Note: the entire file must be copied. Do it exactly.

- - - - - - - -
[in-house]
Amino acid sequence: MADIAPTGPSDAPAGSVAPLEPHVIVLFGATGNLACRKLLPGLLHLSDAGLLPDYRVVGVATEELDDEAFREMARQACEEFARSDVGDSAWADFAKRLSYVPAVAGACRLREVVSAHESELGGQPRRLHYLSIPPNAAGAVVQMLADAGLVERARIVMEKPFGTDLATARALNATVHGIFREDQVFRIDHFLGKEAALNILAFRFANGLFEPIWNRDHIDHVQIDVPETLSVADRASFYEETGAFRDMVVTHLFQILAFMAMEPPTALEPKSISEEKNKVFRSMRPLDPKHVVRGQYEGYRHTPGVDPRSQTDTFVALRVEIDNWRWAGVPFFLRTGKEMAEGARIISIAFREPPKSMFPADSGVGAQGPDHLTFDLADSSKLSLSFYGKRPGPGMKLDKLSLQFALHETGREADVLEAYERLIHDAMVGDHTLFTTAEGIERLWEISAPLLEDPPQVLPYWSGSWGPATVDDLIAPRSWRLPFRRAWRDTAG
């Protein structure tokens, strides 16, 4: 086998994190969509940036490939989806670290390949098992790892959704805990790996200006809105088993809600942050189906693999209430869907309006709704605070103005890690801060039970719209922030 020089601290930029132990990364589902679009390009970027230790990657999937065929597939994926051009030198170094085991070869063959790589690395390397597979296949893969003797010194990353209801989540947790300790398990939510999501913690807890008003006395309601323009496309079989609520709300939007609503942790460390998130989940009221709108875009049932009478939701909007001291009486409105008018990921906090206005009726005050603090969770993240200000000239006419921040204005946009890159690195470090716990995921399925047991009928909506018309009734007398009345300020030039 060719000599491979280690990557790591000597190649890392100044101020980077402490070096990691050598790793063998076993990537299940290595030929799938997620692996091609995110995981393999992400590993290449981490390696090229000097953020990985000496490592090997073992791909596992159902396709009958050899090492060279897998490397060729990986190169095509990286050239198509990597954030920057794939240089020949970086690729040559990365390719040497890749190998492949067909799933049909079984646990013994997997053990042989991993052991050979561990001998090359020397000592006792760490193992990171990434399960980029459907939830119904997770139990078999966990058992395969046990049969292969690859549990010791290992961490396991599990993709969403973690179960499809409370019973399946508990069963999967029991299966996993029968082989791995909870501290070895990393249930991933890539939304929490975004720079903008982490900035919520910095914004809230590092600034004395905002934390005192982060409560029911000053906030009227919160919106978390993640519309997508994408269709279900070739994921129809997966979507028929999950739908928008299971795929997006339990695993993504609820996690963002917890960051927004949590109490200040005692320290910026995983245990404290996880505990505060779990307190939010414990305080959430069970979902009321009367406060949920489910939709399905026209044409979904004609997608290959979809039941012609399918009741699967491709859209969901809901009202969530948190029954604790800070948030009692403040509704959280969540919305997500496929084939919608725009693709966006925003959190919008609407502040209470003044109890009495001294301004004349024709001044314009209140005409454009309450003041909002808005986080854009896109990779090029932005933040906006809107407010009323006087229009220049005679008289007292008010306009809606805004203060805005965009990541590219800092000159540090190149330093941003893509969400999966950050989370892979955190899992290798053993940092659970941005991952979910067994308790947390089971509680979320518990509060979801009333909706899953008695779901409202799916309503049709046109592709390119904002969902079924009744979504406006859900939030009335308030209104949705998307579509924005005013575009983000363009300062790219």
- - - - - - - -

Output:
[in-house]
Amino acid sequence: MADIAPTGPSDAPAGSVAPLEPHVIVLFGATGNLACRKLLPGLLHLSDAGLLPDYRVVGVATEELDDEAFREMARQACEEFARSDVGDSAWADFAKRLSYVPAVAGACRLREVVSAHESELGGQPRRLHYLSIPPNAAGAVVQMLADAGLVERARIVMEKPFGTDLATARALNATVHGIFREDQVFRIDHFLGKEAALNILAFRFANGLFEPIWNRDHIDHVQIDVPETLSVADRASFYEETGAFRDMVVTHLFQILAFMAMEPPTALEPKSISEEKNKVFRSMRPLDPKHVVRGQYEGYRHTPGVDPRSQTDTFVALRVEIDNWRWAGVPFFLRTGKEMAEGARIISIAFREPPKSMFPADSGVGAQGPDHLTFDLADSSKLSLSFYGKRPGPGMKLDKLSLQFALHETGREADVLEAYERLIHDAMVGDHTLFTTAEGIERLWEISAPLLEDPPQVLPYWSGSWGPATVDDLIAPRSWRLPFRRAWRDTAG
């Protein structure tokens, strides 16, 4: 086998994190969509940036490939989806670290390949098992790892959704805990790996200006809105088993809600942050189906693999209430869907309006709704605070103005890690801060039970719209922030 020089601290930029132990990364589902679009390009970027230790990657999937065929597939994926051009030198170094085991070869063959790589690395390397597979296949893969003797010194990353209801989540947790300790398990939510999501913690807890008003006395309601323009496309079989609520709300939007609503942790460390998130989940009221709108875009049932009478939701909007001291009486409105008018990921906090206005009726005050603090969770993240200000000239006419921040204005946009890159690195470090716990995921399925047991009928909506018309009734007398009345300020030039 060719000599491979280690990557790591000597190649890392100044101020980077402490070096990691050598790793063998076993990537299940290595030929799938997620692996091609995110995981393999992400590993290449981490390696090229000097953020990985000496490592090997073992791909596992159902396709009958050899090492060279897998490397060729990986190169095509990286050239198509990597954030920057794939240089020949970086690729040559990365390719040497890749190998492949067909799933049909079984646990013994997997053990042989991993052991050979561990001998090359020397000592006792760490193992990171990434399960980029459907939830119904997770139990078999966990058992395969046990049969292969690859549990010791290992961490396991599990993709969403973690179960499809409370019973399946508990069963999967029991299966996993029968082989791995909870501290070895990393249930991933890539939304929490975004720079903008982490900035919520910095914004809230590092600034004395905002934390005192982060409560029911000053906030009227919160919106978390993640519309997508994408269709279900070739994921129809997966979507028929999950739908928008299971795929997006339990695993993504609820996690963002917890960051927004949590109490200040005692320290910026995983245990404290996880505990505060779990307190939010414990305080959430069970979902009321009367406060949920489910939709399905026209044409979904004609997608290959979809039941012609399918009741699967491709859209969901809901009202969530948190029954604790800070948030009692403040509704959280969540919305997500496929084939919608725009693709966006925003959190919008609407502040209470003044109890009495001294301004004349024709001044314009209140005409454009309450003041909002808005986080854009896109990779090029932005933040906006809107407010009323006087229009220049005679008289007292008010306009809606805004203060805005965009990541590219800092000159540090190149330093941003893509969400999966950050989370892979955190899992290798053993940092659970941005991952979910067994308790947390089971509680979320518990509060979801009333909706899953008695779901409202799916309503049709046109592709390119904002969902079924009744979504406006859900939030009335308030209104949705998307579509924005005013575009983000363009300062790219």